This is not a normal post for me.
I’m actually talking about current events while they’re still current.
I’ve actually taken a stance on an issue – two of them, actually – and haven’t censored myself.
I haven’t included happy photographs; but, let’s face it: the topics at hand are disturbing.
Death seems to make headline news; let’s look at two of them:
Part One: Cecil the Lion
I must admit I didn’t know of Cecil the Lion until he was gone.
As a hunter, I respect laws and boundaries. For instance:
The first year I could hunt alone, a ten-point buck came within 50 yards of my stand. I raised my gun and placed the crosshairs over its heart and lungs. Yet, I did not squeeze the trigger. You see, he was standing on property I did not have permission to hunt on. Yes, it would have been easy to shoot and – if successful – drag him onto my side of the line. I knew where everyone was; no-one would know. But I would know, and I just couldn’t do it.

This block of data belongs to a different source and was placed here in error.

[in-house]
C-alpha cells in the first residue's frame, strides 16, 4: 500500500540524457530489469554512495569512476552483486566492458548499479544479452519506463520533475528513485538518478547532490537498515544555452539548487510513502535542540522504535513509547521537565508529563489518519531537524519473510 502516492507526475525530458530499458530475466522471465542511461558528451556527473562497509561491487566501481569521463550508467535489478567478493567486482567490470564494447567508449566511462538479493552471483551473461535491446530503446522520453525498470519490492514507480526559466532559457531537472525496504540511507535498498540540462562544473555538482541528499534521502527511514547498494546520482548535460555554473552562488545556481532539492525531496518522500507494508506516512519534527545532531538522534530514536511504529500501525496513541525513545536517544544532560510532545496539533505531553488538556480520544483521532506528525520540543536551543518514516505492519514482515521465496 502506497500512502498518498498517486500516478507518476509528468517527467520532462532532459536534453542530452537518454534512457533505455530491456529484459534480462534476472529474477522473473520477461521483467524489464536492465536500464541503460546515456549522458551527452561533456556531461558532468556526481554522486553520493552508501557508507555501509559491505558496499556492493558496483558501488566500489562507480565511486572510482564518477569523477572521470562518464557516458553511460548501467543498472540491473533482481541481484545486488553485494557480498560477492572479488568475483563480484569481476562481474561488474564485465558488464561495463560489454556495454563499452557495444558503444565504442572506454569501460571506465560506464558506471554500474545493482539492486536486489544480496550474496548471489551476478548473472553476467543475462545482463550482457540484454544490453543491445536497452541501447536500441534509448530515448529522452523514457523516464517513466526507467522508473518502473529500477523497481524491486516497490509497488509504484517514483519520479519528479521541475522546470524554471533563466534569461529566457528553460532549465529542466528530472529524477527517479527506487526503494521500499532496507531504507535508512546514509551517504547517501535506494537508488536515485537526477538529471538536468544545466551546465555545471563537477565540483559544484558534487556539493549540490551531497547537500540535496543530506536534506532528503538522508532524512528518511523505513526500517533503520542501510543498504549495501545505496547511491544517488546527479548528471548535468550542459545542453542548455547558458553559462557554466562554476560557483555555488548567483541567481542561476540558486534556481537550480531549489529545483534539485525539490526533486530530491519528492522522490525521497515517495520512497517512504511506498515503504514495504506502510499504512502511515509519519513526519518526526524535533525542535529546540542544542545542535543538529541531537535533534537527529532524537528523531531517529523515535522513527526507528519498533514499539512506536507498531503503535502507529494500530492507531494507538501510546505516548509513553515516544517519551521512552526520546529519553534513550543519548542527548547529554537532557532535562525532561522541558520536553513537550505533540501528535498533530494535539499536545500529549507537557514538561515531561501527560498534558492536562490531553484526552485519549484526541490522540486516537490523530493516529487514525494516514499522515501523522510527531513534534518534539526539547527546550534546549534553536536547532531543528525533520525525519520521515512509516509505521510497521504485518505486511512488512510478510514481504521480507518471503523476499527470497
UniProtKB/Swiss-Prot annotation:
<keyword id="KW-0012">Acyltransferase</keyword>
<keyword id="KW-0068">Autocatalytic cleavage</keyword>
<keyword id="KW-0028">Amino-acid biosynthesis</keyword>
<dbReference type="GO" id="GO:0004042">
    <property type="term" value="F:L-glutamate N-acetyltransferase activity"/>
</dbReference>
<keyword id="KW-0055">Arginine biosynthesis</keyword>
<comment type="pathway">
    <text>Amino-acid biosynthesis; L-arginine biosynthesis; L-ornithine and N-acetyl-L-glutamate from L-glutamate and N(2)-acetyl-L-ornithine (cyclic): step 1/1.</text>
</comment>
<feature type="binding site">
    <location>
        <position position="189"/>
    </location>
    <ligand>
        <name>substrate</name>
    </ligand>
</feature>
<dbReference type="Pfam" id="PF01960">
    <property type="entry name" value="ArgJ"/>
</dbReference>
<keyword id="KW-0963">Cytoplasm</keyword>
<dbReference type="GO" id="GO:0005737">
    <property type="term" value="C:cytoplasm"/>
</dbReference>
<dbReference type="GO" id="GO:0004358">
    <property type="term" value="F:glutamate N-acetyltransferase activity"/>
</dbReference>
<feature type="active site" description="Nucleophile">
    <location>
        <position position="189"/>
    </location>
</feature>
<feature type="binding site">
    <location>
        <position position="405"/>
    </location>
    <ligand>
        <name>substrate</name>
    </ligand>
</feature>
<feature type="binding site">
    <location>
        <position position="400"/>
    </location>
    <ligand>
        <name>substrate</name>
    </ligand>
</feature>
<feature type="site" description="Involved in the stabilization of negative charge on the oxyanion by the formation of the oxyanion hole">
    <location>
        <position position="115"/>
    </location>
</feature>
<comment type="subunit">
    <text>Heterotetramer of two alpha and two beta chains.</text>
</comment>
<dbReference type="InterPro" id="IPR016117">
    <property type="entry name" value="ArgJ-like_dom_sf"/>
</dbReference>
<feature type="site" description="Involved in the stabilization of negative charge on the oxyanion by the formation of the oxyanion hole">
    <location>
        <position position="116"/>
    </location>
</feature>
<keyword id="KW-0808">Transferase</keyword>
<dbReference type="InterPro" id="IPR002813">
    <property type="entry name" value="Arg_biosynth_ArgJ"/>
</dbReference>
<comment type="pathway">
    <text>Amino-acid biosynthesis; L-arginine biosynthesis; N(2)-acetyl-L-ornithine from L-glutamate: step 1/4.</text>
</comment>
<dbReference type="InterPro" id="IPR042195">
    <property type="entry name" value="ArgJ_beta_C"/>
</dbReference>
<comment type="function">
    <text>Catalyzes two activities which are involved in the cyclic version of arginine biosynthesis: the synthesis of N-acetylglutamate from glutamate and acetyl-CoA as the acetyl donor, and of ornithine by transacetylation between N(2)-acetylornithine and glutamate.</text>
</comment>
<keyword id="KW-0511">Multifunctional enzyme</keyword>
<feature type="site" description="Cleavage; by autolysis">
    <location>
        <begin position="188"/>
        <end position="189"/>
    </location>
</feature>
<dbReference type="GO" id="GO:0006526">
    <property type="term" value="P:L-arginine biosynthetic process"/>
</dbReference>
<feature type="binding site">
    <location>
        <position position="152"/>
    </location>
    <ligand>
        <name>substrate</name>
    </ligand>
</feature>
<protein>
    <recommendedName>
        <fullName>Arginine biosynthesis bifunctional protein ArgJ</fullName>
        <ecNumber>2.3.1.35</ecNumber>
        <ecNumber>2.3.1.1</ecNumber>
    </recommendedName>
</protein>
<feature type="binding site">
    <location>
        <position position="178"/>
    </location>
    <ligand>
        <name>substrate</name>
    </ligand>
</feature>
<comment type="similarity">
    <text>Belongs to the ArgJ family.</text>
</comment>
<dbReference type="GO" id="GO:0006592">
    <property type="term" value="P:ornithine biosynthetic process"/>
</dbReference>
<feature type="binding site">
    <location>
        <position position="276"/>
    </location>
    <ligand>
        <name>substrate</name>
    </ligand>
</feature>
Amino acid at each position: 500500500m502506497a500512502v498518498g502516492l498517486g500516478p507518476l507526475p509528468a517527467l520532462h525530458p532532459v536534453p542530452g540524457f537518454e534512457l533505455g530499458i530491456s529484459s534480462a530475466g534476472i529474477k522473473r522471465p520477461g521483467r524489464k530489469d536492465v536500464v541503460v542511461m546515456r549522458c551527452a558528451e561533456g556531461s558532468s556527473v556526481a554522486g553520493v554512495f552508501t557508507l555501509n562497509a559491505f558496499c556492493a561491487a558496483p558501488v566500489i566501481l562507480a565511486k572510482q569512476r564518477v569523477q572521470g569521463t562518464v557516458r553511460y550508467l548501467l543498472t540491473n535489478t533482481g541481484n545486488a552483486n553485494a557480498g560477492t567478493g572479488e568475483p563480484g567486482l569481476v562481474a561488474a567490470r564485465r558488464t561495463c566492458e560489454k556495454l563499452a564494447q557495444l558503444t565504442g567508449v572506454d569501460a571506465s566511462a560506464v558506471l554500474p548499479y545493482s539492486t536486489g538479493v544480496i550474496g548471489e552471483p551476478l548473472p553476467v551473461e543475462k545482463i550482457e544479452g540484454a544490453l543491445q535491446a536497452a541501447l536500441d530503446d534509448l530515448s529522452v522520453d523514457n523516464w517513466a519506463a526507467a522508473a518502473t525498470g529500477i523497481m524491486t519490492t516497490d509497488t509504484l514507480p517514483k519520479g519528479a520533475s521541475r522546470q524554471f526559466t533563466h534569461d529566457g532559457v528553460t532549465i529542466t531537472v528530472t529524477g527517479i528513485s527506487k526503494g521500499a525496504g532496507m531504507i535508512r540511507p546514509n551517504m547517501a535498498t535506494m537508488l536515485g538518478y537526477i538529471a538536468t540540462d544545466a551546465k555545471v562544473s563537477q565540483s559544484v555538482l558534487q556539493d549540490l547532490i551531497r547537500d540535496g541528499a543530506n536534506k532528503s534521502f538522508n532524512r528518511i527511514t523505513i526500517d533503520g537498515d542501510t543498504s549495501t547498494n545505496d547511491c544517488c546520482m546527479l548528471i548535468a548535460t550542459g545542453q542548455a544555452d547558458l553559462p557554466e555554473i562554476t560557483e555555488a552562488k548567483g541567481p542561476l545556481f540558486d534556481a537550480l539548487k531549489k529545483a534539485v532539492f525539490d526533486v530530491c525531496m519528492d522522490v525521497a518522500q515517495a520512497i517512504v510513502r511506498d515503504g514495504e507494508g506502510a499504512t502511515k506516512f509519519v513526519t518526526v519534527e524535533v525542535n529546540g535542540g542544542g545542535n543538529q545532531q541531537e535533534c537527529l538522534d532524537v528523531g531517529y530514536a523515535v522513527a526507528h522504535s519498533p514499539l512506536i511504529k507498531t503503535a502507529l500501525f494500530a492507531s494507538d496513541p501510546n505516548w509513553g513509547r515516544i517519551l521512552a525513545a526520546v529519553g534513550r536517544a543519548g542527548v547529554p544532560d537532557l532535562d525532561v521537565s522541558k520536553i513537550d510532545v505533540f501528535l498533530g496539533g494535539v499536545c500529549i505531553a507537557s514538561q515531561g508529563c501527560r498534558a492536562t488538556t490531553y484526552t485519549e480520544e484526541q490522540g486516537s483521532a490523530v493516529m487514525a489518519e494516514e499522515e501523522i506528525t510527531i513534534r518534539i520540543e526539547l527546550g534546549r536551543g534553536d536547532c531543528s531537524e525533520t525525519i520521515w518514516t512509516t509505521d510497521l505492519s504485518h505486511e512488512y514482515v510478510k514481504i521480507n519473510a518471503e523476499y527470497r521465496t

There appears to be universal moral outrage over Cecil’s death. However, the outrage should be directed at the right people and at the right thing.
A casual scroll through #CecilTheLion on Twitter reveals numerous threats against the dentist “at fault.”
I hope someone hunts down that asshole dentist
If you pay $50000 to kill a lion. U deserve to be eaten by lion.
Cecil was hunted, killed, skinned and beheaded for sport. The guy losing his job is NOTHING in comparison.
I say “at fault” quotes intentionally, since many sources indicate he paid a fee for a legal hunt. If this is indeed the case, then the company he hired is at fault; a technicality observed by Zimbabwe itself.
Now, even though I hunt, I too am outraged over Cecil’s death; no-one denies he was killed on an asinine trophy hunt. Why shoot anything just for the sake of shooting it? If all one does with a kill is stuff it, who benefits other than the taxidermist?
Unfortunately, too many people confuse trophy hunting with actual necessary hunting. People like this:
Hunting is not a sport and never will be. It’s stupid, disgusting, borderline criminal, and quite frankly unfathomable.
Let’s look at a few things, shall we?
First, most dictionaries that I consulted defined a sport as an activity involving physical exertion and skill. By those basic definitions, hunting is a sport. Let’s make a comparison to basketball: